Cluttered Mt. Scott-Arleta house damaged by fire

See why firefighters had to work extra hard putting out the conflagration in this outer East Portland home …

Near Mt. Scott Park, firefighters assemble to fight a morning house fire.

Story and photos by David F. Ashton

Smoke belched from a Mt. Scott-Arleta neighborhood house at 7016 SE Knight Street, on Friday morning of January 20. That swiftly caught the attention of neighbors, who called t he 9-1-1 Center to report a fire.

Portland Fire & Rescue (PF&R) firefighters, sent to the scene at 8:55 a.m., reported upon arrival, “Heavy smoke coming from the structure”.

Gathered at the front door, firefighters are ready to entry the structure for a second time.

The first rig in was Lents Station #11’s Engine Company, whose crew members started pulling hose lines to the hydrant, and preparing to battle the fire. One minute later, both the Engine and Ladder Truck Company of Woodstock Station #25 arrived, and began a search for victims – and located the seat of the fire.

“Firefighters were able to make access, and determine that it was a basement fire,” PF&R Public Information Officer Katia Minor told East Portland News.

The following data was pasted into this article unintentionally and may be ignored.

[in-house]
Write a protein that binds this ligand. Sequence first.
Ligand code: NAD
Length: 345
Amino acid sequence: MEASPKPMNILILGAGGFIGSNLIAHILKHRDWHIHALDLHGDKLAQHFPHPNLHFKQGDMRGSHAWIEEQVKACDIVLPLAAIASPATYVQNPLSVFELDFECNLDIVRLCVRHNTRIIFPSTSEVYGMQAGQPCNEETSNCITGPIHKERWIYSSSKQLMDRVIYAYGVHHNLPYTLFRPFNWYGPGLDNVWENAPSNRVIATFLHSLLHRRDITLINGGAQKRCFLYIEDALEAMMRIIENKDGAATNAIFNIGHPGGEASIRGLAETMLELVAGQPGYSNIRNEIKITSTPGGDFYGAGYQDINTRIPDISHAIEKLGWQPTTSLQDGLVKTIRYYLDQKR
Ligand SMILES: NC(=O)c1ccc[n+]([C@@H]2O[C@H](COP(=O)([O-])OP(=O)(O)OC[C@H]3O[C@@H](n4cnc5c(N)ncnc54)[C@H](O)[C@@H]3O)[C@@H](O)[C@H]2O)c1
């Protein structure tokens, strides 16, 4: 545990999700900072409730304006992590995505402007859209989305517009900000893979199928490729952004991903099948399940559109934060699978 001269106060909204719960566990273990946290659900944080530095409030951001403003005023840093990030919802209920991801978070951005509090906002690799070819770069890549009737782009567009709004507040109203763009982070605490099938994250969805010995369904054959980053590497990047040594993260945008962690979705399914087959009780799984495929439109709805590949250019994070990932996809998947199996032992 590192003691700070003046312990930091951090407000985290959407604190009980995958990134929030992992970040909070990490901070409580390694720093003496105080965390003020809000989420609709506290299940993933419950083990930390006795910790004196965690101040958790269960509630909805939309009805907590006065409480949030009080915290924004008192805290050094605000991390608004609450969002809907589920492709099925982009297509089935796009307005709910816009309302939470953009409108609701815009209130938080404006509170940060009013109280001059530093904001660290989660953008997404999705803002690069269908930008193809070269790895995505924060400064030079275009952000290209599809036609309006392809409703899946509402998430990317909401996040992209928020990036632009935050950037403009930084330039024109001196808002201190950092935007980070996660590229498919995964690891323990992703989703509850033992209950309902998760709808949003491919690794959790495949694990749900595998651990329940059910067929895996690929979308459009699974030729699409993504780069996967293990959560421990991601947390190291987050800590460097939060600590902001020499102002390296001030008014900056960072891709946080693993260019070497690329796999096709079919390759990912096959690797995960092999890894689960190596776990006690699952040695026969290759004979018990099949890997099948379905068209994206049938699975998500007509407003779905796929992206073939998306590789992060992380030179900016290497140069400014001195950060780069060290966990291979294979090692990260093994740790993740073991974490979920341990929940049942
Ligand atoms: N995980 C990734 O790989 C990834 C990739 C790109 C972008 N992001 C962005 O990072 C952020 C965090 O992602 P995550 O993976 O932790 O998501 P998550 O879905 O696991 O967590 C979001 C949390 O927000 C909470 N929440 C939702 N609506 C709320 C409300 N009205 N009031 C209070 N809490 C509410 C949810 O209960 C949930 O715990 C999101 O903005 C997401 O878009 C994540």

Finding it difficult to move around inside the residence, some crew members look in though a side window.

As fire fighters entered the burning home, over hand-held radios the Safety Officer reminded crews inside the house “keep watch for the hole in the floor” – and it seemed as if that hole might have been there before the fire.

“Access was difficult, mostly because there were shrubs and cars and all kinds of stuff around the house – but it didn’t significantly delay our access,” Minor said.

At 9:33 a.m., crews were still hard at work, pulling down the first floor ceiling to get at flames that had spread up the wall from the basement and into the rest of the house.

“The residence had clutter, which was a factor in getting the fire wrapped up,” Minor conceded. “It makes it difficult for firefighters to ensure all fire has been fully extinguished when having to dig through clutter.”

To make entry to the rear of the house, firefighters first had to cut back a thicket of brush.

Although an ambulance had been dispatched to the address as a precaution, it was soon sent on the way – no injuries were reported.

“Our investigators get dispatched to every residential fire that doesn’t have an obvious cause, as was the case in this fire,” Minor concluded. “It remains under investigation.”

© 2023 David F. Ashton ~ East Portland News


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